English may refer to:
English is a surname. Notable persons with that surname include:
English study is an academic discipline that includes the study of literatures written in the English language (including literatures from the United Kingdom, the United States, Ireland, Canada, Australia, New Zealand, Hong Kong, the Philippines, India, Pakistan, South Africa, and the Middle East, among other areas), English linguistics (including English phonetics, phonology, syntax, morphology, semantics, pragmatics, corpus linguistics, and stylistics), and English sociolinguistics (including discourse analysis of written and spoken texts in the English language, the history of the English language, English language learning and teaching, and the study of World Englishes).
More broadly, English studies explores the production of and analysis of texts created in English (or in areas of the world in which English is a common mode of communication). It is common for academic departments of "English" or "English Studies" to include scholars of the English language, literature (including literary criticism and literary theory), linguistics, law, journalism, composition studies, the philosophy of language, literacy, publishing/history of the book, communication studies, technical communication, folklore, cultural studies, creative writing, critical theory, disability studies, area studies (especially American studies), theater, gender studies/ethnic studies, digital media/electronic publishing, film studies/media studies, rhetoric and philology/etymology, and various courses in the liberal arts and humanities, among others.
Learning is the act of acquiring new, or modifying and reinforcing, existing knowledge, behaviors, skills, values, or preferences and may involve synthesizing different types of information. The ability to learn is possessed by humans, animals, plants and some machines. Progress over time tends to follow a learning curve. It does not happen all at once, but builds upon and is shaped by previous knowledge. To that end, learning may be viewed as a process, rather than a collection of factual and procedural knowledge. Learning produces changes in the organism and the changes produced are relatively permanent.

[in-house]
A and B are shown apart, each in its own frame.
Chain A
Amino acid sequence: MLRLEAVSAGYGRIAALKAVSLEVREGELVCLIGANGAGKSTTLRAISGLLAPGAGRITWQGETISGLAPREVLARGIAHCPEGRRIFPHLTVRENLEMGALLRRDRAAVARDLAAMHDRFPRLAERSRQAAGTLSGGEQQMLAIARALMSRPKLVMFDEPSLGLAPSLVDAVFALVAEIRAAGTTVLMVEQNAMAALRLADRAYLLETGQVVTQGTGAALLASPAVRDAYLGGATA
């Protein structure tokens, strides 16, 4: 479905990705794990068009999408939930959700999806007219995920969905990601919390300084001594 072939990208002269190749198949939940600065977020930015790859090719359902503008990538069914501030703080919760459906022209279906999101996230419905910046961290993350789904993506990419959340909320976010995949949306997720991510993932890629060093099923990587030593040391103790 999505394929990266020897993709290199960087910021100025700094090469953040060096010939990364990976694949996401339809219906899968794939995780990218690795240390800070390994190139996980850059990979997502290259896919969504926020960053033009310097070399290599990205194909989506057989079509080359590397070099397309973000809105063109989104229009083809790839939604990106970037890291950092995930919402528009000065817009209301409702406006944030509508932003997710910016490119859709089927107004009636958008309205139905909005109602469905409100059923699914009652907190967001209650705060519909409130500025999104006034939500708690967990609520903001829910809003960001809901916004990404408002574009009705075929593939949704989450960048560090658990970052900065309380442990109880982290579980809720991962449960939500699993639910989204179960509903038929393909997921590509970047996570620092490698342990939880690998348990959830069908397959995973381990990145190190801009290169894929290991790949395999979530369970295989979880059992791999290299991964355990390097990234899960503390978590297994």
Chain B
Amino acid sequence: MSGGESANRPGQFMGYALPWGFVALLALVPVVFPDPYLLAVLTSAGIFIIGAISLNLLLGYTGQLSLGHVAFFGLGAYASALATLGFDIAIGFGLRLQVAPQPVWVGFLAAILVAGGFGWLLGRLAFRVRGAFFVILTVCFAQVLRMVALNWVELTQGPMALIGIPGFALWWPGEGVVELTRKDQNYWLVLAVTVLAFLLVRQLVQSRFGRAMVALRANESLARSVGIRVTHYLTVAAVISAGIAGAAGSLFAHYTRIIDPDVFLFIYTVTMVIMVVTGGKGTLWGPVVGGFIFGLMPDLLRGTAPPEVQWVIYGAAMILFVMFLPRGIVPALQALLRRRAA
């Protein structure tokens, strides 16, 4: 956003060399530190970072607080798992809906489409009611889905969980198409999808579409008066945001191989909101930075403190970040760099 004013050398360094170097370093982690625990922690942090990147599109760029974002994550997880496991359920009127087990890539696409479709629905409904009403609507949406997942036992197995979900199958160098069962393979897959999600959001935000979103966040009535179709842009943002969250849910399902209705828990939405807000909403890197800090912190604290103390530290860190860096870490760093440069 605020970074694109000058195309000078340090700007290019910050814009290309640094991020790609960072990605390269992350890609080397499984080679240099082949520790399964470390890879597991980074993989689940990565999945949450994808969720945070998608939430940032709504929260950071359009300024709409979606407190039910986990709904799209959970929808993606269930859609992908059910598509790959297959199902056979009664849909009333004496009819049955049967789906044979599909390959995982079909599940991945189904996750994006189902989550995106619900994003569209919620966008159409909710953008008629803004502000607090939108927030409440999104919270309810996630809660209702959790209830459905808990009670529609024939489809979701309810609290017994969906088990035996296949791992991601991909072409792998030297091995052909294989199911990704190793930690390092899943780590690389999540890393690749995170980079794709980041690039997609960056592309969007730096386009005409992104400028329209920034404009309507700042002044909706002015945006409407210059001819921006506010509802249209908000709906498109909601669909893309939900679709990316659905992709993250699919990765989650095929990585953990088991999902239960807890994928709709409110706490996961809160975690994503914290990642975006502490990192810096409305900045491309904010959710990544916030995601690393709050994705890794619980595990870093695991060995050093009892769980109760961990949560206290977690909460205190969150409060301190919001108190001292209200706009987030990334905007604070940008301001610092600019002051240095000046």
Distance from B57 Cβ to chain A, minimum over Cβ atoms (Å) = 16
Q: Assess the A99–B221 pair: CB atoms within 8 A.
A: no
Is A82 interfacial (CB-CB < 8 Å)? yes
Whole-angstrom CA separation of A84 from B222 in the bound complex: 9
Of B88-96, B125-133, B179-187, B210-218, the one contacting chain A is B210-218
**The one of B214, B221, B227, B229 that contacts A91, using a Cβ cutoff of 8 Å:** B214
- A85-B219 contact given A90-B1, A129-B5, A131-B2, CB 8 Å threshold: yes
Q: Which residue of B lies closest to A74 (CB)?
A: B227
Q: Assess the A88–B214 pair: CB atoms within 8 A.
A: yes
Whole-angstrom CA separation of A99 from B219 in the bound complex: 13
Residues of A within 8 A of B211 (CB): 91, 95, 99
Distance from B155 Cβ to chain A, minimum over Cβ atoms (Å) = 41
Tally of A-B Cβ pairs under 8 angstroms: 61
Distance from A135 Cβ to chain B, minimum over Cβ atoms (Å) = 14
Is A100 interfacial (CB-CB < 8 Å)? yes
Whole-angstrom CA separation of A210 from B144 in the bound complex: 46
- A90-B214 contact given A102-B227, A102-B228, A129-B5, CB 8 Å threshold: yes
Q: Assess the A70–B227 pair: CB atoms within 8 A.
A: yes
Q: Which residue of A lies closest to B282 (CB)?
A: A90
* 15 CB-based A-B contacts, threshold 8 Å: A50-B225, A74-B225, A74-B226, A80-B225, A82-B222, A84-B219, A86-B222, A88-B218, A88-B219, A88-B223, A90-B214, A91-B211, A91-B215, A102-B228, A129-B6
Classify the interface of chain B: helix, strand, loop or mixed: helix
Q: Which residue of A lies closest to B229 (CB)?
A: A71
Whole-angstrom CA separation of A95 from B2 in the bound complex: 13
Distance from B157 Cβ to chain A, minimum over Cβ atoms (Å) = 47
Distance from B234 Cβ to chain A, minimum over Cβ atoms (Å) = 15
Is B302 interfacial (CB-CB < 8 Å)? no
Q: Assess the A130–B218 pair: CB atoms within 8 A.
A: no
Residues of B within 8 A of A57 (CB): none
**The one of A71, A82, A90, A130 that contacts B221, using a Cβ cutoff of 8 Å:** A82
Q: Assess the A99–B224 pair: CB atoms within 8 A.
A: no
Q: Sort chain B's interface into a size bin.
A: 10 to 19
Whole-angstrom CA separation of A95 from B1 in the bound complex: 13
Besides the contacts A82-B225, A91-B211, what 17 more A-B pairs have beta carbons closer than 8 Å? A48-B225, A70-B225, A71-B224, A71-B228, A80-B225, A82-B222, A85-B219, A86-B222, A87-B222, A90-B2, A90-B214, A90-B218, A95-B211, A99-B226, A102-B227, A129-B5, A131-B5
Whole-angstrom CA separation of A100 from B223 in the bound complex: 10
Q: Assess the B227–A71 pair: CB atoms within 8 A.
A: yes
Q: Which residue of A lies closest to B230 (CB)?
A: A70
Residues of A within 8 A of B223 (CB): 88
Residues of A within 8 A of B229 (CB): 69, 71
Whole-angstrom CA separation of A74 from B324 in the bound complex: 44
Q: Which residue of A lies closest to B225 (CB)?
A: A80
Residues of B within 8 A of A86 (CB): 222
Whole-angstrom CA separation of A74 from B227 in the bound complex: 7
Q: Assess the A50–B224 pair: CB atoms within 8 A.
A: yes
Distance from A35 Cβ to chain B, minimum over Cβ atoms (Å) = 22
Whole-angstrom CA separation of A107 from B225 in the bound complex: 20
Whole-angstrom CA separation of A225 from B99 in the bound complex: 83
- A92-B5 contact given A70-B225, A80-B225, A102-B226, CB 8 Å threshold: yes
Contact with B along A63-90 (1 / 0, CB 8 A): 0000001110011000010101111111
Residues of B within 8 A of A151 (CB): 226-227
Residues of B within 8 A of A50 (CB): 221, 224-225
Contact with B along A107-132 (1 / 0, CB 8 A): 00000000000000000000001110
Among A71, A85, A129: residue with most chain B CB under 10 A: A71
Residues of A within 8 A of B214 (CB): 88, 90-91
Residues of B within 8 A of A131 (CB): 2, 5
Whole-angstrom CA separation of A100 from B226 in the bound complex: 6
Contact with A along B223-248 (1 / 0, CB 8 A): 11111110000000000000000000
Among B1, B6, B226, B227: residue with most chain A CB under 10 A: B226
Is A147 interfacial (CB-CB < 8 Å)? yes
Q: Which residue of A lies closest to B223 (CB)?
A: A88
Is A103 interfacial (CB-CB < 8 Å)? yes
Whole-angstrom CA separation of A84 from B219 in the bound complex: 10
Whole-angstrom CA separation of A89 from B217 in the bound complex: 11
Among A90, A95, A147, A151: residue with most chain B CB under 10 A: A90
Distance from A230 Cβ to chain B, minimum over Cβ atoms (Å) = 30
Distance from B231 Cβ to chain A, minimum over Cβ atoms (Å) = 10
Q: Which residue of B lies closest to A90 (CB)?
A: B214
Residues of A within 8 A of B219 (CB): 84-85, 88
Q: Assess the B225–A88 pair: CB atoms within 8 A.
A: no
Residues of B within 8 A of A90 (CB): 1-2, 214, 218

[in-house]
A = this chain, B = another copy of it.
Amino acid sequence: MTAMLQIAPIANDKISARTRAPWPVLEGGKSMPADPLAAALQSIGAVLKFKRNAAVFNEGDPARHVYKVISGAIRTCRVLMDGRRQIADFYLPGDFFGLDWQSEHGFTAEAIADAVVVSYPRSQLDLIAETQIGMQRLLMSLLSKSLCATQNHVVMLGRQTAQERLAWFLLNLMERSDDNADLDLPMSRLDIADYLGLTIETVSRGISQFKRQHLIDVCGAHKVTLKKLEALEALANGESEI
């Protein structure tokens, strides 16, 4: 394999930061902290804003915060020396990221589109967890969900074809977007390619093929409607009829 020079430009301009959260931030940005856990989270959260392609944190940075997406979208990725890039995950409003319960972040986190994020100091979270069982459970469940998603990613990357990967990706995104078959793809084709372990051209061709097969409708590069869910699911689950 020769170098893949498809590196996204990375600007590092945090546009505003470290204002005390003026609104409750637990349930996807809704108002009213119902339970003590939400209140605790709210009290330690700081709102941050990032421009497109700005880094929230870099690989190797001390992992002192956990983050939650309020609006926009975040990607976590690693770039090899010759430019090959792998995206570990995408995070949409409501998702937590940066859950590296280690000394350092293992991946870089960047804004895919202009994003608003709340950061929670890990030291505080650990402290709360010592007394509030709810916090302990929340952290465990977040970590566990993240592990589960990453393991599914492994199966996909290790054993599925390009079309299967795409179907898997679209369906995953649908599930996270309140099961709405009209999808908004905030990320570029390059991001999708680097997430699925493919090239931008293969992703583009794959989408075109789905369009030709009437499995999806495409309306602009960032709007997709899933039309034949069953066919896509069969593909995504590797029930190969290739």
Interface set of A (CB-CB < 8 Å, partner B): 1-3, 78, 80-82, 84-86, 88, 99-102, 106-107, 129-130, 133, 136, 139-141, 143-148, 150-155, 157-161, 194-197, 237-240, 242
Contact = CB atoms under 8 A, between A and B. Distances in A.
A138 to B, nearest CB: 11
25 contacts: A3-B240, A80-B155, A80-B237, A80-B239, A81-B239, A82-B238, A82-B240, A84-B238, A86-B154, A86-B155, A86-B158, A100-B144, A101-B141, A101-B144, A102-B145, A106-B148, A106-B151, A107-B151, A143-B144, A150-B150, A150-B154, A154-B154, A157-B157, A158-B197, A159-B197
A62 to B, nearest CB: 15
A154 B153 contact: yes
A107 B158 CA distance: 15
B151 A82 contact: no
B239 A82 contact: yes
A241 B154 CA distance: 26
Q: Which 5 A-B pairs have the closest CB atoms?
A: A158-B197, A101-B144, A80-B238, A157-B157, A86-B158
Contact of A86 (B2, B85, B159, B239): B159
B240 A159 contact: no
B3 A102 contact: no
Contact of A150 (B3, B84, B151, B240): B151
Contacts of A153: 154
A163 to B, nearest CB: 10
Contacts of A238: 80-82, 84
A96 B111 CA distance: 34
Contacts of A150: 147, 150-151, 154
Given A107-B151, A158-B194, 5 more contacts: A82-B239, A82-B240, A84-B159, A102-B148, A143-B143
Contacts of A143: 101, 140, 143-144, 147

Human learning may occur as part of education, personal development, schooling, or training. It may be goal-oriented and may be aided by motivation. The study of how learning occurs is part of educational psychology, neuropsychology, learning theory, and pedagogy. Learning may occur as a result of habituation or classical conditioning, seen in many animal species, or as a result of more complex activities such as play, seen only in relatively intelligent animals. Learning may occur consciously or without conscious awareness. Learning that an aversive event can't be avoided nor escaped is called learned helplessness. There is evidence for human behavioral learning prenatally, in which habituation has been observed as early as 32 weeks into gestation, indicating that the central nervous system is sufficiently developed and primed for learning and memory to occur very early on in development.
LEARN may refer to:
The term "online" can refer to a state of connectivity.
"Online" (or variations) can also refer to:
"Online" is a song co-written and performed by American country music artist Brad Paisley. It was released in July 2007 as the second single from the album 5th Gear. The single is Brad's ninth overall Number One single on the Billboard Hot Country Songs charts, as well as his fifth consecutive Number One. In addition, the song's music video won a Video of the Year award for Paisley at the 2007 Country Music Association awards. Paisley wrote this song with Kelley Lovelace and Chris DuBois.
"Online" is a moderate up-tempo song whose lyrics satirize the online world, specifically MySpace. Here, the song's protagonist is a geek who lives at home with his parents, holds a job at the local Pizza Pitt pizzeria, and claims limited success in the dating world. Actually "five-foot-three and overweight", a fan of science fiction, and a mild asthmatic, the main character has an account on MySpace. There, he assumes a much more desirable personality: "Online, I'm out in Hollywood / I'm six-foot-five and I look damn good / I drive a Maserati / I'm a black-belt in karate / And I love a good glass of wine". Later in the song, he claims to live in Malibu, California, have a sexy, finely sculptured body, and pose for Calvin Klein Inc. and GQ. The fictitious alternate personalities make the geek claim that he is "so much cooler online". The album version of the song ends with a marching band playing the melody of the chorus, a reference to an earlier line where the protagonist claims to play tuba in a marching band.